Mood Disorders Psychopharmacology Unit, University Health Network, Toronto (McIntyre, Rosenblat, Y. Lee, Lui, Mansur); Department of Psychiatry, University of Toronto, Toronto (McIntyre, Rosenblat, Mansur); Department of Pharmacology, University of Toronto, Toronto (McIntyre); Brain and Cognition Discovery Foundation, Toronto (McIntyre, Subramaniapillai); Canadian Rapid Treatment Center of Excellence, Mississauga, Ontario (Rosenblat, Kratiuk); Department of Psychiatry and Behavioral Sciences, Austin Dell Medical School, University of Texas, Austin (Nemeroff); Department of Psychiatry, Yale University School of Medicine, New Haven, Conn. (Sanacora); Depression and Anxiety Center for Discovery and Treatment, Department of Psychiatry, and Department of Neuroscience, Icahn School of Medicine at Mount Sinai, New York (Murrough); Deakin University, Institute for Mental and Physical Health and Clinical Translation, School of Medicine, Barwon Health, Geelong, Australia (Berk, Dodd); Orygen, National Centre of Excellence in Youth Mental Health, Centre for Youth Mental Health, Florey Institute for Neuroscience and Mental Health and the Department of Psychiatry, University of Melbourne, Melbourne, Australia (Berk); Department of Psychiatry, Queen's University School of Medicine, and Centre for Neuroscience Studies, Queen's University, Kingston, Ontario (Brietzke); Centre for Youth Mental Health and Department of Psychiatry, University of Melbourne, Melbourne, Australia (Dodd); Université de Paris, Institute of Psychiatry and Neuroscience of Paris, INSERM U1266, and GHU Paris Psychiatrie et Neurosciences, CMME, Hôpital Sainte-Anne, Paris (Gorwood); Department of Psychological Medicine, Yong Loo Lin School of Medicine, and Institute of Health Innovation and Technology, National University of Singapore, Singapore (Ho); Department of Psychiatry, NYU School of Medicine, and Clinical Research Division, Nathan Kline Institute for Psychiatric Research, Orangeburg, New York (Iosifescu); Department of Psychiatry, Universidad de Antioquia, Medellin, Colombia (Lopez Jaramillo); Center for Brain Research, Medical University of Vienna, Vienna (Kasper); Department of Clinical Immunology, Poznan University of Medical Sciences, Poznan, Poland (Kratiuk); Department of Psychiatry, College of Medicine, Haeundae Paik Hospital, Paik Institute for Clinical Research, and Department of Health Science and Technology, Graduate School, Inje University, Busan, Republic of Korea (J.G. Lee); Institute of Medical Science, University of Toronto, Toronto (Y. Lee); Clinical Trials Network and Institute, Massachusetts General Hospital, Boston (Papakostas); Department of Psychiatry, Perelman School of Medicine, University of Pennsylvania, and Corporal Michael J. Crescenz VA Medical Center, Philadelphia (Thase); Hospital Clinic, Institute of Neuroscience, University of Barcelona, IDIBAPS, CIBERSAM, Barcelona (Vieta); Department of Psychological Medicine, Institute of Psychiatry, Psychology, and Neuroscience, King's College London and South London, and Maudsley NHS Foundation Trust, Bethlem Royal Hospital, Beckenham, Kent (Young); Experimental Therapeutics and Pathophysiology Branch and Section on the Neurobiology and Treatment of Mood Disorders, Division of Intramural Research Program, NIMH, Bethesda, Md. (Zarate); Department of Psychiatry and Neuroscience, University of California, Riverside, and University of California, San Diego (Stahl).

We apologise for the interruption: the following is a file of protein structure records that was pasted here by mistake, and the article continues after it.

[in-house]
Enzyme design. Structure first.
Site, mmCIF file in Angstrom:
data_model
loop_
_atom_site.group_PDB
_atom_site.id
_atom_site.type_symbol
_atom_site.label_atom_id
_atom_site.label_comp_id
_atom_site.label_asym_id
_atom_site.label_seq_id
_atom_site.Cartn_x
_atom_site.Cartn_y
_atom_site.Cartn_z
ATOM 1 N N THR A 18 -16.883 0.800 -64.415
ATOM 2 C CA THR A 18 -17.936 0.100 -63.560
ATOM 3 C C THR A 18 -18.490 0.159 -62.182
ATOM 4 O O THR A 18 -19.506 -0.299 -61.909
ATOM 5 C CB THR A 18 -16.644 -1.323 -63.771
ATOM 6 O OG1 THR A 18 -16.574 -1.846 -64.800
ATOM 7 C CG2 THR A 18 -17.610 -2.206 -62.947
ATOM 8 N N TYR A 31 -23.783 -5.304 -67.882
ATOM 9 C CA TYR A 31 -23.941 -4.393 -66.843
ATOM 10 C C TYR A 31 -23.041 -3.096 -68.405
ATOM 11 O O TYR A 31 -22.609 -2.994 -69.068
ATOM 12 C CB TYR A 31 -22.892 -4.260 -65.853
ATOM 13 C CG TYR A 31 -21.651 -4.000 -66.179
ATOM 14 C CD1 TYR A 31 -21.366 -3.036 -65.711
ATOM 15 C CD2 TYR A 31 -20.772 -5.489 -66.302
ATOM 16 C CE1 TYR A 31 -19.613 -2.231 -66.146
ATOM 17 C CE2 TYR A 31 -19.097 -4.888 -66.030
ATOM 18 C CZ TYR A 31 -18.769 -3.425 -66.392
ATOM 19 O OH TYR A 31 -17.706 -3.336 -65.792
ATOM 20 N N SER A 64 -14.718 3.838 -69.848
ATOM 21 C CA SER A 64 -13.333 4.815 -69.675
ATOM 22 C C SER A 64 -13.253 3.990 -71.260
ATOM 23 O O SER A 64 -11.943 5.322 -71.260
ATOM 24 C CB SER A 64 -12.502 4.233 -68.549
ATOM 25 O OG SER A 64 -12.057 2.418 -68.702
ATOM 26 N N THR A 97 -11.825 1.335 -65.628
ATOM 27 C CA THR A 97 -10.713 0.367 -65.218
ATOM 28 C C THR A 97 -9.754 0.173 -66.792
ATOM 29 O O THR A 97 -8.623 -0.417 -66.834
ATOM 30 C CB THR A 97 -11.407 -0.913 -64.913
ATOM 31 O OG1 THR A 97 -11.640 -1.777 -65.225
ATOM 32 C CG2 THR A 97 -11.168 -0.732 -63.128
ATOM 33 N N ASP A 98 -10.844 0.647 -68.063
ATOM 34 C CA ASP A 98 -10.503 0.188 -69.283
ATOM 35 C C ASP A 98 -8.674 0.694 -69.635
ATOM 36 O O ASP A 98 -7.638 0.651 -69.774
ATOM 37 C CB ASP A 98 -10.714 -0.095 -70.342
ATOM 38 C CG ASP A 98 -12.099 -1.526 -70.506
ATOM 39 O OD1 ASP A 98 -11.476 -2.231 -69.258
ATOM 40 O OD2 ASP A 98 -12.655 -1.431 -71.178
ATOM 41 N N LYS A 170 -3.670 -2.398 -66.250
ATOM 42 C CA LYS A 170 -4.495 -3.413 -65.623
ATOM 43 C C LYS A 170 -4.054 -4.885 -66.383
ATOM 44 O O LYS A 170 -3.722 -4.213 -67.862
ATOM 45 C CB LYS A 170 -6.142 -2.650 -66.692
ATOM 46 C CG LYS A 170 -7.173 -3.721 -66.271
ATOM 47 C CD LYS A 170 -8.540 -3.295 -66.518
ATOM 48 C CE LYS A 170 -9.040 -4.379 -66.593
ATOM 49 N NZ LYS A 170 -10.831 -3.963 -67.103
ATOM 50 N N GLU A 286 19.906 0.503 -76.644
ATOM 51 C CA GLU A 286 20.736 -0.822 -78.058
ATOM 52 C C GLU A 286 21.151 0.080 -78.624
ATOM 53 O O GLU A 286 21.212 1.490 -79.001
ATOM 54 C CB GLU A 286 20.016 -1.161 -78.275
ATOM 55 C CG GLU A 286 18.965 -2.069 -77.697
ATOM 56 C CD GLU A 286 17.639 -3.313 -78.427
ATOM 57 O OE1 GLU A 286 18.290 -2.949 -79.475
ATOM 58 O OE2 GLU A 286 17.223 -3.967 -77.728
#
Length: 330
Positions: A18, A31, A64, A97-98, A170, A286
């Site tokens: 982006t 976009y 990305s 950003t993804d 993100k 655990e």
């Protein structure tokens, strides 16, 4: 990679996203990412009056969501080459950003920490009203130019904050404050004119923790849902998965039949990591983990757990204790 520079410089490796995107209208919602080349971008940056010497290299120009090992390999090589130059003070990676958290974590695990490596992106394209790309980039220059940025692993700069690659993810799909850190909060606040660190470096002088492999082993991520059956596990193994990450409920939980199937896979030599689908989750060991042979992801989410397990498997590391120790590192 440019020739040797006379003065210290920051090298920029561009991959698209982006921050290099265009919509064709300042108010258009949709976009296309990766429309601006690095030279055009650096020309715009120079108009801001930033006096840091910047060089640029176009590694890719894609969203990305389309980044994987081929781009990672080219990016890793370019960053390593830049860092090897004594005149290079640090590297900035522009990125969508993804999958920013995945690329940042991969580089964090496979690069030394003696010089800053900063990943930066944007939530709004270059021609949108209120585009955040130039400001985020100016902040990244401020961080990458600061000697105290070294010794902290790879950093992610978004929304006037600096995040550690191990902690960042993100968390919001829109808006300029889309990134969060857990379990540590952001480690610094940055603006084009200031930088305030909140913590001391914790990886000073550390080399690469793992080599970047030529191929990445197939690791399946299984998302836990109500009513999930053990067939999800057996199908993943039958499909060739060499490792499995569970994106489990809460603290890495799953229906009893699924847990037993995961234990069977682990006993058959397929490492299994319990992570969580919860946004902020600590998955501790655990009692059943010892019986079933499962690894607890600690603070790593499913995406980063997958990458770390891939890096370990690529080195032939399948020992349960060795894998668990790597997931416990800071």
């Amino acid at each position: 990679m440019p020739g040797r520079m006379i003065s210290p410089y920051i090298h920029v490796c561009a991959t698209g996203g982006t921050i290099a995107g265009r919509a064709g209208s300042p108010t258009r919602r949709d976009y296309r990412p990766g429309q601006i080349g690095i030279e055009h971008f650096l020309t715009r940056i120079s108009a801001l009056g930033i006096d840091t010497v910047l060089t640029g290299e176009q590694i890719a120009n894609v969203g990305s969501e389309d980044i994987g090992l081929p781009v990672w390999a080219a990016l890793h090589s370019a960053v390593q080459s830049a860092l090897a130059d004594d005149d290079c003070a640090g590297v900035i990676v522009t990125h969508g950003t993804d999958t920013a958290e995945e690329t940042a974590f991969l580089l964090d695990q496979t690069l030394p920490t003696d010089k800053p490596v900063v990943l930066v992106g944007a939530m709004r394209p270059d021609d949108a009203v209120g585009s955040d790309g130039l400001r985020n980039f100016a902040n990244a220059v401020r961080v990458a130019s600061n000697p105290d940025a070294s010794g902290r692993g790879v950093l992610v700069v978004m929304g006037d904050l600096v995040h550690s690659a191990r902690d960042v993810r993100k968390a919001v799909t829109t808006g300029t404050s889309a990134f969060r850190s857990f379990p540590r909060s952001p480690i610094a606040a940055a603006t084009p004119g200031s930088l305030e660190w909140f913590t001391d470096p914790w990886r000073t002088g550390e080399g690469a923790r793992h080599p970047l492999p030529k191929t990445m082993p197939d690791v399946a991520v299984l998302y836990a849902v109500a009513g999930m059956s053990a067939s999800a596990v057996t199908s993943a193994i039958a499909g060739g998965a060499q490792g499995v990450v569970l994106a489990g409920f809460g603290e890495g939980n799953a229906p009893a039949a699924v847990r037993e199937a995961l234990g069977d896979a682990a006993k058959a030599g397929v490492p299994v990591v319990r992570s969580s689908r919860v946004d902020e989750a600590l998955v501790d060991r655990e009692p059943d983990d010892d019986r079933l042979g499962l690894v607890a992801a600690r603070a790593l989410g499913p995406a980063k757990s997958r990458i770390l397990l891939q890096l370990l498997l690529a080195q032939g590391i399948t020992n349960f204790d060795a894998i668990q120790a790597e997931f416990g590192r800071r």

Replicated international studies have underscored the human and societal costs associated with major depressive disorder. Despite the proven efficacy of monoamine-based antidepressants in major depression, the majority of treated individuals fail to achieve full syndromal and functional recovery with the index and subsequent pharmacological treatments. Ketamine and esketamine represent pharmacologically novel treatment avenues for adults with treatment-resistant depression. In addition to providing hope to affected persons, these agents represent the first non-monoaminergic agents with proven rapid-onset efficacy in major depressive disorder. Nevertheless, concerns remain about the safety and tolerability of ketamine and esketamine in mood disorders. Moreover, there is uncertainty about the appropriate position of these agents in treatment algorithms, their comparative effectiveness, and the appropriate setting, infrastructure, and personnel required for their competent and safe implementation. In this article, an international group of mood disorder experts provides a synthesis of the literature with respect to the efficacy, safety, and tolerability of ketamine and esketamine in adults with treatment-resistant depression. The authors also provide guidance for the implementation of these agents in clinical practice, with particular attention to practice parameters at point of care. Areas of consensus and future research vistas are discussed.